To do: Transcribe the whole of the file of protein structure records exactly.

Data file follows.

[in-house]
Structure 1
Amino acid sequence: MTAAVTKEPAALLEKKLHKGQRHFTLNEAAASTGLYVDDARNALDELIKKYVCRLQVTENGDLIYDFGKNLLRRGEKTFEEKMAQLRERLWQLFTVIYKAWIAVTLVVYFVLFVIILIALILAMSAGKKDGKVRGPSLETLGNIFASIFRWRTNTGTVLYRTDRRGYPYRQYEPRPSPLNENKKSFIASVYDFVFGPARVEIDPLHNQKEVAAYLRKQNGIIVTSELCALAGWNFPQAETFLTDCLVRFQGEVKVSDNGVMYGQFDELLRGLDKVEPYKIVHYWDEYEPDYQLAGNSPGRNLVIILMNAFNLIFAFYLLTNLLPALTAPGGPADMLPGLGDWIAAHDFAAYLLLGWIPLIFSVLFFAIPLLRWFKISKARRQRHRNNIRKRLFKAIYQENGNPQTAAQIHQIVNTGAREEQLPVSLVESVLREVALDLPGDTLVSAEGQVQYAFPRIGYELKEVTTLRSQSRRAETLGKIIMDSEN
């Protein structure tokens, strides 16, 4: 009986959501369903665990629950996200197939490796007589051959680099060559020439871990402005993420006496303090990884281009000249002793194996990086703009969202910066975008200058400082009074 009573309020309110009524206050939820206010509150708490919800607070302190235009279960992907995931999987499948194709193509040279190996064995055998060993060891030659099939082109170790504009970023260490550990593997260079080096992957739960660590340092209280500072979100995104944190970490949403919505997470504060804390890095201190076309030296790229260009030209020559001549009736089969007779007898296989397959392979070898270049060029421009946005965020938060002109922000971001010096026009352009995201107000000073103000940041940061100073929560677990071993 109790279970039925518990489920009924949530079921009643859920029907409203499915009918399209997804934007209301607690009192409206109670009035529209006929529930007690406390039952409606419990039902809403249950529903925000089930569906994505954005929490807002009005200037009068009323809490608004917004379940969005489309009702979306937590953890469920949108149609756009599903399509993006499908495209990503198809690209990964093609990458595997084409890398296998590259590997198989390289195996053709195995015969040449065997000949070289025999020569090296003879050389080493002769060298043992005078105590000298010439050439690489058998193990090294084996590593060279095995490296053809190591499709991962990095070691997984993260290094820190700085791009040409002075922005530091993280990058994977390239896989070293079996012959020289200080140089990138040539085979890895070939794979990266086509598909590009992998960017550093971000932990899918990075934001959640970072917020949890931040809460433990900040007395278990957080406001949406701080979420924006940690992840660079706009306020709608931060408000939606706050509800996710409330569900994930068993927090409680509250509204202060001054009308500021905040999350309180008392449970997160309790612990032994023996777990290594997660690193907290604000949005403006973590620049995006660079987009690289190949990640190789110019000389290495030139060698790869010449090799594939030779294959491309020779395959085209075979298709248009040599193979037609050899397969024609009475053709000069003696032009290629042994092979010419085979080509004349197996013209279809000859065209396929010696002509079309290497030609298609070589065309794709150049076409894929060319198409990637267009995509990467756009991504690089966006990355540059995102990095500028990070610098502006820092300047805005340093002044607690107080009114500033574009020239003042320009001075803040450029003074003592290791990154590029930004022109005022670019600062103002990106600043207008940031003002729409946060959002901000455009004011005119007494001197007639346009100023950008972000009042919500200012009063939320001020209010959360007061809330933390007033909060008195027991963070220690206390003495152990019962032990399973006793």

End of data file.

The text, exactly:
[in-house]
Structure 1
Amino acid sequence: MTAAVTKEPAALLEKKLHKGQRHFTLNEAAASTGLYVDDARNALDELIKKYVCRLQVTENGDLIYDFGKNLLRRGEKTFEEKMAQLRERLWQLFTVIYKAWIAVTLVVYFVLFVIILIALILAMSAGKKDGKVRGPSLETLGNIFASIFRWRTNTGTVLYRTDRRGYPYRQYEPRPSPLNENKKSFIASVYDFVFGPARVEIDPLHNQKEVAAYLRKQNGIIVTSELCALAGWNFPQAETFLTDCLVRFQGEVKVSDNGVMYGQFDELLRGLDKVEPYKIVHYWDEYEPDYQLAGNSPGRNLVIILMNAFNLIFAFYLLTNLLPALTAPGGPADMLPGLGDWIAAHDFAAYLLLGWIPLIFSVLFFAIPLLRWFKISKARRQRHRNNIRKRLFKAIYQENGNPQTAAQIHQIVNTGAREEQLPVSLVESVLREVALDLPGDTLVSAEGQVQYAFPRIGYELKEVTTLRSQSRRAETLGKIIMDSEN
């Protein structure tokens, strides 16, 4: 009986959501369903665990629950996200197939490796007589051959680099060559020439871990402005993420006496303090990884281009000249002793194996990086703009969202910066975008200058400082009074 009573309020309110009524206050939820206010509150708490919800607070302190235009279960992907995931999987499948194709193509040279190996064995055998060993060891030659099939082109170790504009970023260490550990593997260079080096992957739960660590340092209280500072979100995104944190970490949403919505997470504060804390890095201190076309030296790229260009030209020559001549009736089969007779007898296989397959392979070898270049060029421009946005965020938060002109922000971001010096026009352009995201107000000073103000940041940061100073929560677990071993 109790279970039925518990489920009924949530079921009643859920029907409203499915009918399209997804934007209301607690009192409206109670009035529209006929529930007690406390039952409606419990039902809403249950529903925000089930569906994505954005929490807002009005200037009068009323809490608004917004379940969005489309009702979306937590953890469920949108149609756009599903399509993006499908495209990503198809690209990964093609990458595997084409890398296998590259590997198989390289195996053709195995015969040449065997000949070289025999020569090296003879050389080493002769060298043992005078105590000298010439050439690489058998193990090294084996590593060279095995490296053809190591499709991962990095070691997984993260290094820190700085791009040409002075922005530091993280990058994977390239896989070293079996012959020289200080140089990138040539085979890895070939794979990266086509598909590009992998960017550093971000932990899918990075934001959640970072917020949890931040809460433990900040007395278990957080406001949406701080979420924006940690992840660079706009306020709608931060408000939606706050509800996710409330569900994930068993927090409680509250509204202060001054009308500021905040999350309180008392449970997160309790612990032994023996777990290594997660690193907290604000949005403006973590620049995006660079987009690289190949990640190789110019000389290495030139060698790869010449090799594939030779294959491309020779395959085209075979298709248009040599193979037609050899397969024609009475053709000069003696032009290629042994092979010419085979080509004349197996013209279809000859065209396929010696002509079309290497030609298609070589065309794709150049076409894929060319198409990637267009995509990467756009991504690089966006990355540059995102990095500028990070610098502006820092300047805005340093002044607690107080009114500033574009020239003042320009001075803040450029003074003592290791990154590029930004022109005022670019600062103002990106600043207008940031003002729409946060959002901000455009004011005119007494001197007639346009100023950008972000009042919500200012009063939320001020209010959360007061809330933390007033909060008195027991963070220690206390003495152990019962032990399973006793």